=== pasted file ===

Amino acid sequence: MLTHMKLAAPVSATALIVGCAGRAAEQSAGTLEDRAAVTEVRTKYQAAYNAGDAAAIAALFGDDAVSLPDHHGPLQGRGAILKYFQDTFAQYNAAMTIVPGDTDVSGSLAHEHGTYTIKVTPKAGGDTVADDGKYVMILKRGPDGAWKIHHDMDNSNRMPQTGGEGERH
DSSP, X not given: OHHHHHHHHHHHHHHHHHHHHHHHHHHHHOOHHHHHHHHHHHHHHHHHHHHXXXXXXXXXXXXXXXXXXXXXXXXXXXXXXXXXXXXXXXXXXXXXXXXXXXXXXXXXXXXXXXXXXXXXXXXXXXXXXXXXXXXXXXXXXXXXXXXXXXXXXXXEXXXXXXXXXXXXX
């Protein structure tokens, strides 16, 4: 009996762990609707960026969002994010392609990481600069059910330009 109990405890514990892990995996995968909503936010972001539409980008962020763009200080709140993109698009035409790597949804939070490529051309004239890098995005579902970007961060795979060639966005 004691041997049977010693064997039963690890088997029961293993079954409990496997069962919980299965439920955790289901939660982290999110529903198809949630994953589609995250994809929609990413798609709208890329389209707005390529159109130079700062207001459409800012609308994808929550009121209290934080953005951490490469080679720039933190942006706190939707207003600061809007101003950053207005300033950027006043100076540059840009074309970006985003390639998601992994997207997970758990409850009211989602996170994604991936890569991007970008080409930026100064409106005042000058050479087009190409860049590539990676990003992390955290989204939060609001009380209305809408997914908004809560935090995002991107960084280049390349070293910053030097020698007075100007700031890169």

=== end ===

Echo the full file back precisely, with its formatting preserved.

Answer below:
Amino acid sequence: MLTHMKLAAPVSATALIVGCAGRAAEQSAGTLEDRAAVTEVRTKYQAAYNAGDAAAIAALFGDDAVSLPDHHGPLQGRGAILKYFQDTFAQYNAAMTIVPGDTDVSGSLAHEHGTYTIKVTPKAGGDTVADDGKYVMILKRGPDGAWKIHHDMDNSNRMPQTGGEGERH
DSSP, X not given: OHHHHHHHHHHHHHHHHHHHHHHHHHHHHOOHHHHHHHHHHHHHHHHHHHHXXXXXXXXXXXXXXXXXXXXXXXXXXXXXXXXXXXXXXXXXXXXXXXXXXXXXXXXXXXXXXXXXXXXXXXXXXXXXXXXXXXXXXXXXXXXXXXXXXXXXXXXEXXXXXXXXXXXXX
């Protein structure tokens, strides 16, 4: 009996762990609707960026969002994010392609990481600069059910330009 109990405890514990892990995996995968909503936010972001539409980008962020763009200080709140993109698009035409790597949804939070490529051309004239890098995005579902970007961060795979060639966005 004691041997049977010693064997039963690890088997029961293993079954409990496997069962919980299965439920955790289901939660982290999110529903198809949630994953589609995250994809929609990413798609709208890329389209707005390529159109130079700062207001459409800012609308994808929550009121209290934080953005951490490469080679720039933190942006706190939707207003600061809007101003950053207005300033950027006043100076540059840009074309970006985003390639998601992994997207997970758990409850009211989602996170994604991936890569991007970008080409930026100064409106005042000058050479087009190409860049590539990676990003992390955290989204939060609001009380209305809408997914908004809560935090995002991107960084280049390349070293910053030097020698007075100007700031890169």